Conference Coverage

SVS: AAA surveillance comes at an emotional cost

Key clinical point: Check with your AAA surveillance patients to make sure they know their rupture risk is low.

Major finding: Surveillance patients who thought it was “very likely” their aneurysm would rupture within a year had an emotional impact score of 45. Patients who thought rupture was unlikely had a sore of 12 (P less than .001).

Data source: Surveys of 1,008 AAA patients at six U.S. medical centers.

Disclosures: There was no outside funding for the work, and the lead investigator has no relevant disclosures.

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To survey and protect

The diagnosis of a small aortic aneurysm, whether by screening or as an incidental finding, causes anxiety in our patients. The risk of rupture of small AAA has been demonstrated to be low – less than 1% per year below 5.0 cm in males (Health Technol. Assess. 2013;41:1-108) . Therefore, appropriate counseling and surveillance intervals should optimize the management of AAA patients. This study highlights the adverse effects of a diagnosis of small AAA on a proportion of our patients, despite appropriate explanation. Frequently patients know someone who died of AAA rupture and many do not understand the risk when it is explained in routine consultations. Perhaps we should all ensure that a member of our team contacts patients with small AAA post review and perform a short Quality of Life questionnaire by phone so that we can identify those who are suffering a negative impact on their QOL. We could then intensify our counseling and reassurance for this cohort of patients. This study should make us all reflect on whether our surveillance programs need to be modified, to ensure that our patients are not adversely affected by a diagnosis of small AAA.

Dr. Robert Fitridge is professor of vascular surgery, University of Adelaide, Australia, and associate medical editor of Vascular Specialist.


 

AT The 2015 Vascular Annual Meeting

References

CHICAGO – For some patients, surveillance of low-risk abdominal aortic aneurysms is so stressful that early repair might be a better option.

Until now, though, it’s been hard to know who those patients are. There hasn’t been a way to quantify the impact of abdominal aortic aneurysm (AAA) surveillance on quality of life.

Dr. Bjoern Suckow, a vascular surgeon at Dartmouth-Hitchcock Medical Center in Lebanon, N.H., and his colleagues at the University of Massachusetts and elsewhere are working to fix that problem. “I do believe that there is a certain subset of patients who we know are” at low risk for rupture “who are so consumed by fear and anxiety during surveillance that the impact on quality of life might make us want to repair them slightly sooner. I hope this will help us weed out who that subgroup might be,” Dr. Suckow said at a meeting hosted by the Society for Vascular Surgery.

Dr. Bjoern Suckow Alexander Otto/Frontline Medical News

Dr. Bjoern Suckow

With the help of patient and physician focus groups and interviews, the team developed AAA-specific quality of life (QOL) surveys and administered them to 351 patients under surveillance for aneurysms below about 5.5 cm, and 657 who had undergone mostly endovascular AAA repair at six United States institutions.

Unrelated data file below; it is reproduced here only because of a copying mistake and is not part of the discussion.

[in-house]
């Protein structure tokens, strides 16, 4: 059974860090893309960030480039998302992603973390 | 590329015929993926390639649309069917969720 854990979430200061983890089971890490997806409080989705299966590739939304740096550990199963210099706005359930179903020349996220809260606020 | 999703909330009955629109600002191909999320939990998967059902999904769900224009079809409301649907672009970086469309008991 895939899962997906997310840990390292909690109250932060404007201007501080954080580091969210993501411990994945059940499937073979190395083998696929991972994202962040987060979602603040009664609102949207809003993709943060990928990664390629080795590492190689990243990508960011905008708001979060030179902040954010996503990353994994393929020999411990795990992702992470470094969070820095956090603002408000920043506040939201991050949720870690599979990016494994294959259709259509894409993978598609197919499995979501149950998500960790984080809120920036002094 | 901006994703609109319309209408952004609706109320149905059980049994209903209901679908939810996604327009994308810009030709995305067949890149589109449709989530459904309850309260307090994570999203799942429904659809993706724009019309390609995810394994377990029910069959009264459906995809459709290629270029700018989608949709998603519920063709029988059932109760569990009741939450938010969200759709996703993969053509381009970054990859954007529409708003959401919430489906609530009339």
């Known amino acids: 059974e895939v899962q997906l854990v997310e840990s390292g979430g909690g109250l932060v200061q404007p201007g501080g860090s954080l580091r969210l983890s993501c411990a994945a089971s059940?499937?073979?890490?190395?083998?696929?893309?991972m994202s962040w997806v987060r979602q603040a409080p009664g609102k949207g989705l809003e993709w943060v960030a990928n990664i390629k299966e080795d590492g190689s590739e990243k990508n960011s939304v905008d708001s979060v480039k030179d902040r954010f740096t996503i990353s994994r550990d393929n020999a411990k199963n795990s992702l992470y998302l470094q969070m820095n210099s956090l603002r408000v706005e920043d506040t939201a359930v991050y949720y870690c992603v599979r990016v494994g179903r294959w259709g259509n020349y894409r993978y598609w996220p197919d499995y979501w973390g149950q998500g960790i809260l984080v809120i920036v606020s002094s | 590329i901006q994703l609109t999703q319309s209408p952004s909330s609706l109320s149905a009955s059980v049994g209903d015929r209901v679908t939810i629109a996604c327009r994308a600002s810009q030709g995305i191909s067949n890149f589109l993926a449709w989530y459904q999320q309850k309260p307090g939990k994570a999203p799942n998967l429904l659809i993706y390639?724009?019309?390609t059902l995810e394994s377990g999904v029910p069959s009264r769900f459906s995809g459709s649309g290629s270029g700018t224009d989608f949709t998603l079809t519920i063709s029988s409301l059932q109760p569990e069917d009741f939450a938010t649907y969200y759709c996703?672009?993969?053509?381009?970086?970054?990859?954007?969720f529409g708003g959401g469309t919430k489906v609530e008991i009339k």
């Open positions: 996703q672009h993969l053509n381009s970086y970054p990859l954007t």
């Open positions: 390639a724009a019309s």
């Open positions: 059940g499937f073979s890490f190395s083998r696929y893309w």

The surveys included nine questions to assess concerns about rupture, surgery, costs, and death. The responses were averaged to give an emotional impact score (EIS) ranging from 0 to 100, with higher scores indicating worse emotional QOL. The survey also included 10 questions to assess changes in heavy lifting, strenuous activity, travel habits, and other behaviors. Those results were averaged to give a behavioral change score (BCS) that also ranged from 0 to 100, with higher scores indicating greater negative impact.

A significant portion of the surveillance patients thought it was “very likely” their aneurysm would rupture within a year; their EIS was 45 and BCS 30; patients who thought rupture was unlikely had an EIS of 12 and BCS of 13 (P less than .001). Overall, patients under surveillance had worse emotional impact sores than did those who had undergone repair.

“We routinely counsel patients with small aneurysms that the rupture risk is low” – less than 5% – “and outweighed by the higher risk of repair. We were surprised that even though we feel we do a great job counseling and educating our patients, some of them do not understand or retain what we mean.” Eventually, surveys could be used in the clinic to identify patients with “less understanding, so [we can] spend more time with them,” Dr. Suckow said.

In general, “the range of impact on QOL by AAA surveillance is broad. For most patients, the impact is minimal, but for some, especially those with a greater perceived rupture risk, it is severe. Overall, surveillance has a persistent negative impact on QOL, particularly emotional QOL. This impact appears to diminish following either open or endovascular repair,” he said.

The respondents were about 76 years old, on average. Most were white men, and about half were high school graduates.

Dr. Suckow has no relevant financial conflicts. The work was funded by the National Institutes of Health and career development awards from the Society for Vascular Surgery and the American College of Surgeons.

aotto@frontlinemedcom.com

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